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Homework Help: Electronic Circuits-Compute voltage gain for OP-amplifiers

  1. Dec 30, 2012 #1
    1. The problem statement, all variables and given/known data

    We got the following circuit:


    u_in is input
    u_ut is output

    3. The attempt at a solution

    I assumed that the upper amp has voltage u_in on the positive terminal.
    And that the lower amp has voltage 0 V on the positive terminal.

    then i calculated u_ut but the ratio then becomes: u_in/u_ut = 0

    Because the current from the upper amplifiers output terminal to the output terminal u_ut is


    which then gives us

    u_ut=u_in -(i*2R) = u_in -u_in

    the right answer should be -1


    help please.
  2. jcsd
  3. Dec 30, 2012 #2


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    Staff: Mentor

    I would analyze it by saying the voltage on the lower input is vx, and that on the upper input terminal is uin+vx, with vx being the common mode voltage.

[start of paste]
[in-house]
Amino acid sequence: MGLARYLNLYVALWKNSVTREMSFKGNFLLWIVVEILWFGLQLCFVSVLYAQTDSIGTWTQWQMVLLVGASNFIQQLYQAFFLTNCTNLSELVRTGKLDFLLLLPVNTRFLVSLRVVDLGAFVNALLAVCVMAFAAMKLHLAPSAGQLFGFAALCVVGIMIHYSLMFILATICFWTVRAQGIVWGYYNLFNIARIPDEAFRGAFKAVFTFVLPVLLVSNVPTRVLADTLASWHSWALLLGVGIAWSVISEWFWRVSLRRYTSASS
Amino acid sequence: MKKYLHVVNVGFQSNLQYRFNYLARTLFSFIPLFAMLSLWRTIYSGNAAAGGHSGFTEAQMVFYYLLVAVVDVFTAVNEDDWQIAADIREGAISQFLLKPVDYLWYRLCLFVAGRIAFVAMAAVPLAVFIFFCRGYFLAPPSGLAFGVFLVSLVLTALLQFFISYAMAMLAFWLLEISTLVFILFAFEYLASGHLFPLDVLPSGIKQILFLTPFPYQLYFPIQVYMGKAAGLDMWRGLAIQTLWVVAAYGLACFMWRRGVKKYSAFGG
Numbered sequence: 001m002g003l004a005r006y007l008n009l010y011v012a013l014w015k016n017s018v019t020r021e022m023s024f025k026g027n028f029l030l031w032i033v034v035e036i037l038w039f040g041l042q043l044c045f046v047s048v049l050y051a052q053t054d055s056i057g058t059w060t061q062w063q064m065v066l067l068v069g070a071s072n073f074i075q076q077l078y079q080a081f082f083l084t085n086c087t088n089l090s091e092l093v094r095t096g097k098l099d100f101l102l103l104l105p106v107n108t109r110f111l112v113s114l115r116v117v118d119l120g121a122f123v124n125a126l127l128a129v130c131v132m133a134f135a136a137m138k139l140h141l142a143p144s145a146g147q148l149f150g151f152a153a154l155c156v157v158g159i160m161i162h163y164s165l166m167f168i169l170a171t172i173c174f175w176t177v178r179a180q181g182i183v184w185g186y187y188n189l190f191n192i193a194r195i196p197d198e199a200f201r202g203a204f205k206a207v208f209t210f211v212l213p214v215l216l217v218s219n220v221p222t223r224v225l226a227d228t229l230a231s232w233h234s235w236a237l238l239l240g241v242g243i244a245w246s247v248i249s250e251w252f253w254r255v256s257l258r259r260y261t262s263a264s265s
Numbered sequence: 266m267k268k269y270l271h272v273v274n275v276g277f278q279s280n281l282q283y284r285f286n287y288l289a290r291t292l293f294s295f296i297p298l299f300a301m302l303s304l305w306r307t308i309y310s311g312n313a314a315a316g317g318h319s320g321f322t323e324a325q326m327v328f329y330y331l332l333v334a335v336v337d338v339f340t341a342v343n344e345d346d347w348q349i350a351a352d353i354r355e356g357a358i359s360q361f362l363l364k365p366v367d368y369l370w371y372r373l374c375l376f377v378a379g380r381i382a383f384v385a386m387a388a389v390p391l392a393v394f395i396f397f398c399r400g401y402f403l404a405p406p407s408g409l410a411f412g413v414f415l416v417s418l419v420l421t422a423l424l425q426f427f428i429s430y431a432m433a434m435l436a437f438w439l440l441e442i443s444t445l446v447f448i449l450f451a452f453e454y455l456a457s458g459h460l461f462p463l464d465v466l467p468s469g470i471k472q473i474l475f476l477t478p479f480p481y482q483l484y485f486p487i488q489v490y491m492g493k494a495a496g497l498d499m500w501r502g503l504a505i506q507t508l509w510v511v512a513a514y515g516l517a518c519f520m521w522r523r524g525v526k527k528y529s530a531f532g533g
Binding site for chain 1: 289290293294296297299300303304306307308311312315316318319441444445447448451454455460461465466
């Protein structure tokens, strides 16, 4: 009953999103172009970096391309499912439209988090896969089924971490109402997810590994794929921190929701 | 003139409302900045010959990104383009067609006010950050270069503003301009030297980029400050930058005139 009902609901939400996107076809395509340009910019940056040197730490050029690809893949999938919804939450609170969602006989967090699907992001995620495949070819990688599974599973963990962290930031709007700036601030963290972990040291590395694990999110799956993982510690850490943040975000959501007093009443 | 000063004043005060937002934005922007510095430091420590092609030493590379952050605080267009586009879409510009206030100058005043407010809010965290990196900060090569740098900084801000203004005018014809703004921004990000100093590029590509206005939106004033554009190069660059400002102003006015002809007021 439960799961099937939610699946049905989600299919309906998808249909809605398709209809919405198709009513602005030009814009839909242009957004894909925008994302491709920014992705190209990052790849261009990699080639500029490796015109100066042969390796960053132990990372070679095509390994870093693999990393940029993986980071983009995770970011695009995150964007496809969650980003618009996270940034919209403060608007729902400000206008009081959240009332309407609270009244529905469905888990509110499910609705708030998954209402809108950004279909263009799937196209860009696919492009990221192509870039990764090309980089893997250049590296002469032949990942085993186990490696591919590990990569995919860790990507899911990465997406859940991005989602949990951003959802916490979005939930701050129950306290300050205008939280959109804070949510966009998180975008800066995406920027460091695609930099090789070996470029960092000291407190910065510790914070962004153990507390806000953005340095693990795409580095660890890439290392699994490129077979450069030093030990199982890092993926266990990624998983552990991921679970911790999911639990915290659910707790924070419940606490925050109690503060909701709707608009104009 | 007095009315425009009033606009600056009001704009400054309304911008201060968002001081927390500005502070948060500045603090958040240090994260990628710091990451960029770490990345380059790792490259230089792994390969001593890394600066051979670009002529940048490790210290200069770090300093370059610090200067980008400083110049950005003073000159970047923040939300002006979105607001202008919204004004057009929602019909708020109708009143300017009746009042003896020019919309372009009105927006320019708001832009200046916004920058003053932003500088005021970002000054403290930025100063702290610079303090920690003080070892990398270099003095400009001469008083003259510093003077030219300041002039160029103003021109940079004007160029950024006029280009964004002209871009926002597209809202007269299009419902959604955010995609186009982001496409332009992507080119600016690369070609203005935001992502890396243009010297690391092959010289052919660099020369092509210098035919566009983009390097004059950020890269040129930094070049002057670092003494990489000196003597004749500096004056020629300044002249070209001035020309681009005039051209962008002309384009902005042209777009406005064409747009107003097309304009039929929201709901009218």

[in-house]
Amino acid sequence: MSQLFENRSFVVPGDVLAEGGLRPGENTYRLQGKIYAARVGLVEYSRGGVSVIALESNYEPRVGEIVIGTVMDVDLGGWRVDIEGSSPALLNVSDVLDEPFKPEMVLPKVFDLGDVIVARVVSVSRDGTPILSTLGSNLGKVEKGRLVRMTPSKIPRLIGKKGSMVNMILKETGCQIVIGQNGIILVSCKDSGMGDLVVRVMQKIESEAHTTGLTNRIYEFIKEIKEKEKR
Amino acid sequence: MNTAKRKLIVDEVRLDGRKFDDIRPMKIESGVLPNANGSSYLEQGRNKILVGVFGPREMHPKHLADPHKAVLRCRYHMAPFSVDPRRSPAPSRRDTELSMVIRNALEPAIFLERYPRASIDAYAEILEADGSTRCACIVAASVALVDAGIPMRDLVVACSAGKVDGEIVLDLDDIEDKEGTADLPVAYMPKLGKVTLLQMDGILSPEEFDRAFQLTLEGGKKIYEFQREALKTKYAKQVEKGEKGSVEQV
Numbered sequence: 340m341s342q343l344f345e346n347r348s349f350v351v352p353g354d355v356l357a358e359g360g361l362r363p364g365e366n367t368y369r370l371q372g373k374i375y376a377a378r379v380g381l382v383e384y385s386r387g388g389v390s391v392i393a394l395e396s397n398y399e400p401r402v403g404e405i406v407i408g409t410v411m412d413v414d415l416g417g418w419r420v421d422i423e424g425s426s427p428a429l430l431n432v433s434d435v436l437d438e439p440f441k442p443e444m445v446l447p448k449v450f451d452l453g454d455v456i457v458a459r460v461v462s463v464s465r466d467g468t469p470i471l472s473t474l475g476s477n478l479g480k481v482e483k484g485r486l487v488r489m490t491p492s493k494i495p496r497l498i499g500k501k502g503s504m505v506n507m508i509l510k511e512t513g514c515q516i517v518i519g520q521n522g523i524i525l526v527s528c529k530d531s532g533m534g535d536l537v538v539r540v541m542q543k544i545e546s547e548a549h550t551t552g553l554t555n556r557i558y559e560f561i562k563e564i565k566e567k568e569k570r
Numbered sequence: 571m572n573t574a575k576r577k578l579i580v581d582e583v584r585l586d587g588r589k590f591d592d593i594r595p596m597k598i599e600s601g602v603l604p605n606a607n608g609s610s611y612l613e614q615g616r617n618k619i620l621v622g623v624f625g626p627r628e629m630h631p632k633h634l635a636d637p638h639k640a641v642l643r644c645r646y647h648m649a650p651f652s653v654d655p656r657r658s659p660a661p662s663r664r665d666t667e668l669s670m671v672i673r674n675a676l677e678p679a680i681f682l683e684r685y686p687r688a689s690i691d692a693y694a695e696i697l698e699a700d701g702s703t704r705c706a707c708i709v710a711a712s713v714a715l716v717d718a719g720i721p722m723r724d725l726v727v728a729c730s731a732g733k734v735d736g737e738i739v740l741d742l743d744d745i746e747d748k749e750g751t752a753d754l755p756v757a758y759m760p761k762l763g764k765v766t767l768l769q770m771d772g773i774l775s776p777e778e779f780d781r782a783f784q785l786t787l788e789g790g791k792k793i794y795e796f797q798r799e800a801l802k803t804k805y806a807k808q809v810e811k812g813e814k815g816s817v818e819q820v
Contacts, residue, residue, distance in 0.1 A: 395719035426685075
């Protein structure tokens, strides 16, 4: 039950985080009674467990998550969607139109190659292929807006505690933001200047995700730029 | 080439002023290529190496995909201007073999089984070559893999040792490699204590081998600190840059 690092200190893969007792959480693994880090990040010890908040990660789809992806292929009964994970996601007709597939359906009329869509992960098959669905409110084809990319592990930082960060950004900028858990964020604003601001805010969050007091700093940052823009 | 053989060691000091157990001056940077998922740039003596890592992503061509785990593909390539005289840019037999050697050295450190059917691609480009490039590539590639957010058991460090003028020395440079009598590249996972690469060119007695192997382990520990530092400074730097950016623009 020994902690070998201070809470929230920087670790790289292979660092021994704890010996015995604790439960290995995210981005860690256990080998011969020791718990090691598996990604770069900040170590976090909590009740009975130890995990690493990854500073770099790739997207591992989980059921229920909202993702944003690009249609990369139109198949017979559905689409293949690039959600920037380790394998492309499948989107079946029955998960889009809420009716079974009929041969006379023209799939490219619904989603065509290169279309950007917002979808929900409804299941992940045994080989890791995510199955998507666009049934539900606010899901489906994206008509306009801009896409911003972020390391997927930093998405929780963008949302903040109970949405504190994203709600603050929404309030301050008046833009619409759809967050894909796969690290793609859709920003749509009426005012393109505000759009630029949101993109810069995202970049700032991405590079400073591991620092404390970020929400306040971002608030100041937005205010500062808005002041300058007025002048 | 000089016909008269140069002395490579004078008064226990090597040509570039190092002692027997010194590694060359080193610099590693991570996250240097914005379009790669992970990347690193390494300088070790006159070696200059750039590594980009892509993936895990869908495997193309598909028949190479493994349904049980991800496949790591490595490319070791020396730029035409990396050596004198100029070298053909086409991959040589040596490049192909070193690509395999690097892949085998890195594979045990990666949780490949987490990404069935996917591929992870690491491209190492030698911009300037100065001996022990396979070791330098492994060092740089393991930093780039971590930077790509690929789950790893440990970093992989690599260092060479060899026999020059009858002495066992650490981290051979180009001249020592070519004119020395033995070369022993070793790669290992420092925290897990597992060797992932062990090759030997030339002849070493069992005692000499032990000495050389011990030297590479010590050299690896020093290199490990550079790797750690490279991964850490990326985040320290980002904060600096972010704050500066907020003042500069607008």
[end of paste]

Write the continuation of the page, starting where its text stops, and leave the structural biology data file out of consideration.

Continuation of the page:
Otherwise you are losing all the information associated with the lower pair of R resistances.
  4. Dec 30, 2012 #3


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    Staff: Mentor

    First step: determine, in terms of the input, the voltage at the (+) input of the third op-amp.
  5. Dec 31, 2012 #4
    So this is how i did it:

    On the positive input for the 3rd amplifier we have v_x/2.

    And i suppose that the voltage on the output terminal of the upper amplifier is v_x+u_in

    The current through the resistor then becomes:

    [tex]i=\frac{\frac{v_x}{2}-(u_{in} + v_x)}{R}[/tex]

    Then the expression for the output u_o is:

    [tex]u_o=\frac{v_x}{2} - R*i = {\frac{v_x}{2}-\frac{v_x-2u_{in}-2v_x}{2R}*R}[/tex]

    after simplifying we obtain:


    u_o/u_in = -1 (if v_x = 0)

    Have i done correct?
  6. Jan 1, 2013 #5


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    Staff: Mentor

    If we use your above expression for i, then the "-" here should be "+"
  7. Jan 2, 2013 #6
    It is for the resistor after the output of the upper-most amplifier. I thought the current goes out of this amplifier and ends up at the output. So then it should be "-"

    But i re-calculated this task with my method again, and got a quite different result. That turned out to be correct. I calculated without adding v_x.

    The same current: i=(u_in/R)

    u_out=0-Ri= -R(u_in/R)=-u_in

    The gain then becomes -1.

    I think this is sufficient.
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